Nicole: My biggest question in these “Muslim Garb” (copyright Juan Williams) experiments is why can’t Muslim women speak for themselves? Why do we need non-Muslim women test-driving hijab to tell the world what hijab is like? And in whose right do these women think it is ok to do so?
Safiyyah: What many of these projects end up being is just another case of having other people speak for Muslim women. I appreciate women of other faiths wanting to commiserate with Muslim women, and I am sure it’s even quite exhilarating to wear a hijab. But what they can do to really help is to foster more dialogue with Muslim women and have open, frank discussions with a diverse range of Muslim women.
Nicole: As blogger Matthew Smith, who blogs on Muslim and disability issues, has mentioned, there is a parallel between girls who test drive hijab to recreate the “Muslim experience” and people who test drive wheelchairs to try to recreate the “disabled experience.” In one post, he makes the point that people who aren’t disabled just aren’t going to have the same equipment. Someone who test-drives niqab, for example, may not have shopped around enough and have ready access to
the best type of niqab for her lifestyle the way someone who has chosen and wants to wear niqab would. Likewise, the person who test drives a wheelchair would likely have a bulky, uncomfortable push chair, whereas most people who use wheelchairs daily have specially-made chairs. So obviously someone with some cheap nylon niqab picked up in the market is going to think it is hotter and more uncomfortable than the woman who has carefully picked out her niqab and wears it daily after a series of trial and error with the different models available.
Most importantly, I wholeheartedly second Smith’s post when he says, “There are many women around who do and many of them are more than willing to tell their stories, which will be so much more representative and meaningful than anything you would learn from a one-day experiment.”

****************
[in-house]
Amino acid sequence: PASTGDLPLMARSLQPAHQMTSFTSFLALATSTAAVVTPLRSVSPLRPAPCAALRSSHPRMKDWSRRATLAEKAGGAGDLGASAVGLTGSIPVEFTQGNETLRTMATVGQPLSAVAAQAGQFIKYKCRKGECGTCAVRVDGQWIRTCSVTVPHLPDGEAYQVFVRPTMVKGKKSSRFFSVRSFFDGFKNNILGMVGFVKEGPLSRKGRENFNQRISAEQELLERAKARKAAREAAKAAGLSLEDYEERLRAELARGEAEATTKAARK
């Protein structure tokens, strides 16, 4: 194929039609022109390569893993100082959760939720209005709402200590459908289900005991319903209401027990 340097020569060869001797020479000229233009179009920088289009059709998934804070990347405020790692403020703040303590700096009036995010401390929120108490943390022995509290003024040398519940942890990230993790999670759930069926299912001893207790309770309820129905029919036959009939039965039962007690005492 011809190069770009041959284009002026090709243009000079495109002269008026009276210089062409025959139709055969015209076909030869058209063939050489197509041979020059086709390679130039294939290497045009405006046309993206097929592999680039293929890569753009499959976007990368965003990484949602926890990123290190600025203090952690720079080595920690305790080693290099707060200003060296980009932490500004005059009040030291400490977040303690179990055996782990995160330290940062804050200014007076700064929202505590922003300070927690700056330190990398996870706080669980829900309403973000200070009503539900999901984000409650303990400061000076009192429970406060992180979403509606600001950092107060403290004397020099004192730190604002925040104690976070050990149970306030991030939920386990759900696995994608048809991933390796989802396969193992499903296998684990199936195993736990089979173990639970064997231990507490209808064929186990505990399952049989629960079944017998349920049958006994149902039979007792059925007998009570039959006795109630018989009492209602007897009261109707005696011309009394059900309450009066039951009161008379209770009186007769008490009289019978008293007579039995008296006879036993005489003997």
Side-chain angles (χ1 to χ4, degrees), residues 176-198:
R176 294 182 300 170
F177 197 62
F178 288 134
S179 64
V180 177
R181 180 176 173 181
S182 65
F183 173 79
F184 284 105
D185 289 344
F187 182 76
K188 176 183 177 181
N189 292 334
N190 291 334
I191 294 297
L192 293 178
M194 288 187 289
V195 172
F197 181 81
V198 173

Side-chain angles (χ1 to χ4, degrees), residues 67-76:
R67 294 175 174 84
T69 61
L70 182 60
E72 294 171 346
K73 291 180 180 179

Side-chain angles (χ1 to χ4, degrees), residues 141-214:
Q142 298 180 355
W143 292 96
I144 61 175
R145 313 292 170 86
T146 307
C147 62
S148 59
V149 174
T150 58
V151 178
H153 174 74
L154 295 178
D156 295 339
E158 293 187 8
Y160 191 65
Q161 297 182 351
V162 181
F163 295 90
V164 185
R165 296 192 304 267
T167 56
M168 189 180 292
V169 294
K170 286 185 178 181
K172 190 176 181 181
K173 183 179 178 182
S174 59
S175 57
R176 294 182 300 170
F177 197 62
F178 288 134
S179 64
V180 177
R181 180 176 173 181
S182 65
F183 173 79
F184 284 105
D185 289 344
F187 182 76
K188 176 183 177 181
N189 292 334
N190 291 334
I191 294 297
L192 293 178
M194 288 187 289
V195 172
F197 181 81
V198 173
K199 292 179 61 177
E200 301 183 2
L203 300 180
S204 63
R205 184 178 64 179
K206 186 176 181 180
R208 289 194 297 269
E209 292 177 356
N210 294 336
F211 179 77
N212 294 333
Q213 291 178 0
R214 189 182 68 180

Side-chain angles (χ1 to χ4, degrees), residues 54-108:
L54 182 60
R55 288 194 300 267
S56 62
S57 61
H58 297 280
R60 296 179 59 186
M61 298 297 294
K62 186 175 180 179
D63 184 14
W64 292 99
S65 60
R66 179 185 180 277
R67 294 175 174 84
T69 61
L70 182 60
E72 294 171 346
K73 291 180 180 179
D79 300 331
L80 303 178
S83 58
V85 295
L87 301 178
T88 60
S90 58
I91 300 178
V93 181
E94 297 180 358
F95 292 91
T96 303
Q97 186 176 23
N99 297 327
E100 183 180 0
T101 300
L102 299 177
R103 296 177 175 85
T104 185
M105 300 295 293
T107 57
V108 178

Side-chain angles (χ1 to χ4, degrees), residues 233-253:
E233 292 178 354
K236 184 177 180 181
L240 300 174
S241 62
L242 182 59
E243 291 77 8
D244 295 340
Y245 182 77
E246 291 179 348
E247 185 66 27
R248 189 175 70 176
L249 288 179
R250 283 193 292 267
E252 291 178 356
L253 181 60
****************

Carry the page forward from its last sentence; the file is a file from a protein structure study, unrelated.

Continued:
Safiyyah: Hijab as a social experiment tries to normalize and make acceptable the concept of hair-covering and modest dressing, fine. Almost all the women who decided to “go undercover,” “take the veil,” or “get inside the hijab” go down the same route and are left feeling “free,” “liberated,” and “appreciated for their mind.” While this may say something about modesty itself, it does not speak for all Muslim women, who may or may not feel that way, and who may or may not adopt the hijab for various different reasons. My own hijab is one of identity and activism.
Sara: The relationship with hijab is very complex, because it depends on your family, not just what you believe in. These complexities are never reflected in such stories, and they never push them far enough.
Azra: Herrington mistakenly identifies the hijab as “just a symbol.” Those who wear hijab do not see it as “just a symbol”—their faith often underlies their decision to wear hijab, something that is clearly lacking from the author’s rendezvous with the scarf.
The author racializes the wearing of the scarf—she uses her “affiliation with ‘white,’ non-Muslims to build rapport with the Islamic community…and show non-Muslims the truth from an unheard voice.” Muslims, fortunately, come in a wide variety of colors (including “white”—why does she surround it with quotes?) and dressing habits.
Her oversimplification of categorizing whites as non-Muslims who don’t wear hijab and people of color as Muslims who do wear hijab is not quite up to snuff. And don’t get me started on her oversimplification of how Muslims are seen as the “other” (indeed, it seemed to me that she sees in herself her own “otherness” with the Als quote at the beginning of the article…).
Readers, what are your thoughts about Herrington’s article?